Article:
It’s easy to feel like part of a pretty large crowd on the streets and beaches of the islands, but Bay View Village’s 54 units are tucked into a crest of Paradise Island near Harbour Cove. You’re going to pay a little extra for this seclusion, but there’s a promotional deal that offers three weeks for the price of two if you arrive between May 10 and June 10 or between Sept. 8 and Nov. 1, 1990.
This is only a brief best-of look at a tiny sampling of the lodgings available, but wherever you stay you’d be missing a most special treat of the Bahamas if you don’t sample the local cuisine.
Nettie Symonette is known throughout the islands for her cooking, and she’s recently added “Fit for Life” cuisine to her menu. Her Casuarinas Apartment Hotel in downtown Nassau has the informal charm of a family business in addition to its in-demand restaurant. Bahamian fare, richly seasoned with fresh thyme and decorated with the tropical fruit available year-round, centers around the conch, a shellfish served in salads and stews or eaten fresh out of the water.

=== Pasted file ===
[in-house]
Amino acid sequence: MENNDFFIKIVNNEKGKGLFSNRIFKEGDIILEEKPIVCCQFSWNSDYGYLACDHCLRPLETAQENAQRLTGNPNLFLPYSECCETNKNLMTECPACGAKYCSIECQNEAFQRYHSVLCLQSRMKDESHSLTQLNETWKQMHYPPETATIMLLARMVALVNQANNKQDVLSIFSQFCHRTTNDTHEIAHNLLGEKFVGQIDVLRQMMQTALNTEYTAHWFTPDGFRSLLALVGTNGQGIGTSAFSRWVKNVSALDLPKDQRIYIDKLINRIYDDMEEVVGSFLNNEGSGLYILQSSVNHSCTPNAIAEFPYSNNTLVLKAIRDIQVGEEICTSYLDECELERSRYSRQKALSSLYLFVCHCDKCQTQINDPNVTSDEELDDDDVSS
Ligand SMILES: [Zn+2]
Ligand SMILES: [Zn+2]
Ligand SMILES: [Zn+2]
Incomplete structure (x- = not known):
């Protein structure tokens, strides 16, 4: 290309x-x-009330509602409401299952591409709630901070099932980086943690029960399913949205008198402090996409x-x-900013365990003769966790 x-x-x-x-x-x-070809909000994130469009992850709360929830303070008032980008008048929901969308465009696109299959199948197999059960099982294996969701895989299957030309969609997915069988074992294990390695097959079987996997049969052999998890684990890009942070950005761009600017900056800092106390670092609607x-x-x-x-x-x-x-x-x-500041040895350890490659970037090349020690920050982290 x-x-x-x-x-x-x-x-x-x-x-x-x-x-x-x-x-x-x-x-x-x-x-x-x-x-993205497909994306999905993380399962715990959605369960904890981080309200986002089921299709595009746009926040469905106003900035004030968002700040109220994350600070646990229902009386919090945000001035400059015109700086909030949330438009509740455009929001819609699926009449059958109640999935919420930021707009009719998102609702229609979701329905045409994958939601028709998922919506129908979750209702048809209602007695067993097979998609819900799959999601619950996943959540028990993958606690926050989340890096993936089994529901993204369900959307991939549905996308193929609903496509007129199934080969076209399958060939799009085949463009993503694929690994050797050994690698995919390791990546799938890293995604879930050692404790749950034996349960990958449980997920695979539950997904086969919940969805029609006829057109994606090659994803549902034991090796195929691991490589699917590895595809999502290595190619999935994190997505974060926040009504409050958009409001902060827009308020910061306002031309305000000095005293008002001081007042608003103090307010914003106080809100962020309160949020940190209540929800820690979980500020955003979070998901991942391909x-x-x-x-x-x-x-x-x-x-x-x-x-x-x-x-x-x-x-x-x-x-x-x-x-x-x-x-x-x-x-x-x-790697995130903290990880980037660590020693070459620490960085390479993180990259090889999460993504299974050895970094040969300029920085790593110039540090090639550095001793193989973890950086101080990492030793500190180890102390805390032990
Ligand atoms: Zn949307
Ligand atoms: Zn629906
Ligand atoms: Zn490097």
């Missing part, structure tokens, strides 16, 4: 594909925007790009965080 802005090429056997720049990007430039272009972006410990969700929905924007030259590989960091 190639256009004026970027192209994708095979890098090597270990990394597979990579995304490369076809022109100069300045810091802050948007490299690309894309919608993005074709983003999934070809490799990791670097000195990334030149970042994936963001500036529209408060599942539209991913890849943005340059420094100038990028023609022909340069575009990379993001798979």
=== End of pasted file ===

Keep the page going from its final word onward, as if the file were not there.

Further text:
You’ll wander through the straw market to engage in some lusty bargaining with native weavers to secure the best price on a basket or hat. You’ll catch sight of a cruise ship docked near Rawson Square. You’ll see money shoved in every possible direction, from market to casino, from hotel to bank, because the Bahamas are second only to Switzerland in benevolence toward financial dealings.
Finally, you’ll leave with a special sense of calm that comes from sun, clear water and some delicious rum. Give yourself a lengthy airplane trip to gather your reminiscences. They’ll seem like so much fairy-tale when that arctic air hits your face back home.
– Schenectady Gazette, Feb. 24, 1990